Six Wishes of a Public Service Librarian
Life Sciences Librarian
Life Sciences Library, University Library
The Pennsylvania State University
Too many students, too little time. Isn't that the way life at the library always
seems to be? How many times at the reference desk have you realized that library
users are missing important concepts on how information is organized or valued?
And some scenes and questions seem to reoccur over and over and over? For example,
there's the student who comes to the desk with a sketchy citation and says "well I
found it on the computer" and then has little notion from which database it
originated. Then there's the student or faculty member who says, "Well since the
library materials are all free, why doesn't the library provide electronic access
to those journals?" Another student says that the assignment is to find a scholarly
journal article, and then asks if an article from the New York Times will work? And
what about the student who only does a Yahoo search for information for a term
paper on genetically modified foods. These library users are missing important
concepts on how information is organized, how libraries function, and how to
evaluate the information.
How I wish the fairy godmother of librarians would visit and grant me double the
usual three wishes. Because she is the fairy godmother of librarians, she only
grants wishes that are library related. My wishes would help me teach more
efficiently and effectively these six concepts to a large populations of library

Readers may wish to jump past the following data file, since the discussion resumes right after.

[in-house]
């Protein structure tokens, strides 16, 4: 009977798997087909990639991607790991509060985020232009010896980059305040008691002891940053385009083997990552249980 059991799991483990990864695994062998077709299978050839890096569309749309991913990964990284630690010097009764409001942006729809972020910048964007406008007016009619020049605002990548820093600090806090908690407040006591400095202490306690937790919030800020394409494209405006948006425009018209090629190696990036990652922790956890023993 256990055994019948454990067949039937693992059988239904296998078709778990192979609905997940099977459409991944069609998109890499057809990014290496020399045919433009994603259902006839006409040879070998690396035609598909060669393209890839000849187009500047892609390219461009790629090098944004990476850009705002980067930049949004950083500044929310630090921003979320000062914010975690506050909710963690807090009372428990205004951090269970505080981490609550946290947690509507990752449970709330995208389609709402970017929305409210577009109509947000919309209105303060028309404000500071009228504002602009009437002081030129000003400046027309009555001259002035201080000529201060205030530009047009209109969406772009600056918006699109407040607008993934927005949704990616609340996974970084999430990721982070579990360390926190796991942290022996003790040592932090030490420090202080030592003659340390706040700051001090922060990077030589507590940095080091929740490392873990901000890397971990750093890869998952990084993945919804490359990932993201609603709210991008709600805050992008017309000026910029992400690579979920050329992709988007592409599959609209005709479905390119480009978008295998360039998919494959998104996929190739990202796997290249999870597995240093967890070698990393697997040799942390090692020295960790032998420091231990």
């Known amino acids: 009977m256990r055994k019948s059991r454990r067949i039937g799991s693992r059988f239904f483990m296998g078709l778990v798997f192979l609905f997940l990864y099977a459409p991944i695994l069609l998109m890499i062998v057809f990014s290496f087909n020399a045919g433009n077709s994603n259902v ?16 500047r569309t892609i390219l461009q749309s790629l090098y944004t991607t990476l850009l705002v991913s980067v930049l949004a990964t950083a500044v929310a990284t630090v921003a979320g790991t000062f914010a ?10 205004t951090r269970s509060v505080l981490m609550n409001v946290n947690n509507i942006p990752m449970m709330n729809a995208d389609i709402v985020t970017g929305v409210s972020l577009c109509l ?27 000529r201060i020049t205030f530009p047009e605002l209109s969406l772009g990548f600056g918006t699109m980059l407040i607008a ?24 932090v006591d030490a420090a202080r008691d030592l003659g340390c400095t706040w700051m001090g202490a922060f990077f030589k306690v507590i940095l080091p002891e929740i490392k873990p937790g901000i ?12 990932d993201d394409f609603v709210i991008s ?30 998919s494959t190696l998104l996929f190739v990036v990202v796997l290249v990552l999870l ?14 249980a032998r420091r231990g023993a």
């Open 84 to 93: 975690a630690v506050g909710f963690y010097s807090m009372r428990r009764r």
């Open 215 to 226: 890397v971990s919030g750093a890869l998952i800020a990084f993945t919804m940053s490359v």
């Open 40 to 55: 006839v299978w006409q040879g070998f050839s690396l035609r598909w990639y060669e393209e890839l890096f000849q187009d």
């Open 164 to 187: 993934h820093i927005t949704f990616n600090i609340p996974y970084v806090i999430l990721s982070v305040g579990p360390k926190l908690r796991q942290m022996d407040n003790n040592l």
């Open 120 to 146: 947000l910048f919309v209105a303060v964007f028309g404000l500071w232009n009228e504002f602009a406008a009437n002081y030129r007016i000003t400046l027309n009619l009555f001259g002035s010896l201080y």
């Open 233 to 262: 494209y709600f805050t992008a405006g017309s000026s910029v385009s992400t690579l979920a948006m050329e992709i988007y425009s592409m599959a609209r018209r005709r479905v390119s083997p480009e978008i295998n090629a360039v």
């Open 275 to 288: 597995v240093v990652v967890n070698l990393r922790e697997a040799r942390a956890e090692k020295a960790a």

users. Here are my six wishes.
Wish one. Information is not free, and in fact is very expensive.
Library users rarely think about how they obtain or access library materials. In
fact, many library users think that what happens at the library is completely free.
I wish I could communicate to the users that information is not free and in many
cases it is very expensive. I wish I could help library users first perceive and
then appreciate the large amounts of funds that provide library materials. These
funds purchase library materials, fund the cost of the buildings and furnishings,
and pay the salaries of the personnel who staff the library.
Books don't magically appear on the shelves. Writers, librarians, library staff,
and publishers don't work for free. Databases don't magically appear on the
computer. Even databases such as AGRICOLA, PubMed, and ERIC may be free to the
users, but the costs are borne by the U.S. taxpayer. Library materials are
expensive, yet too many library users have never considered how these materials are
Library users want the articles delivered directly to their computers. The media
and science fiction literature often present information being delivered magically
by voice command from the computer. But at this point, libraries are paying large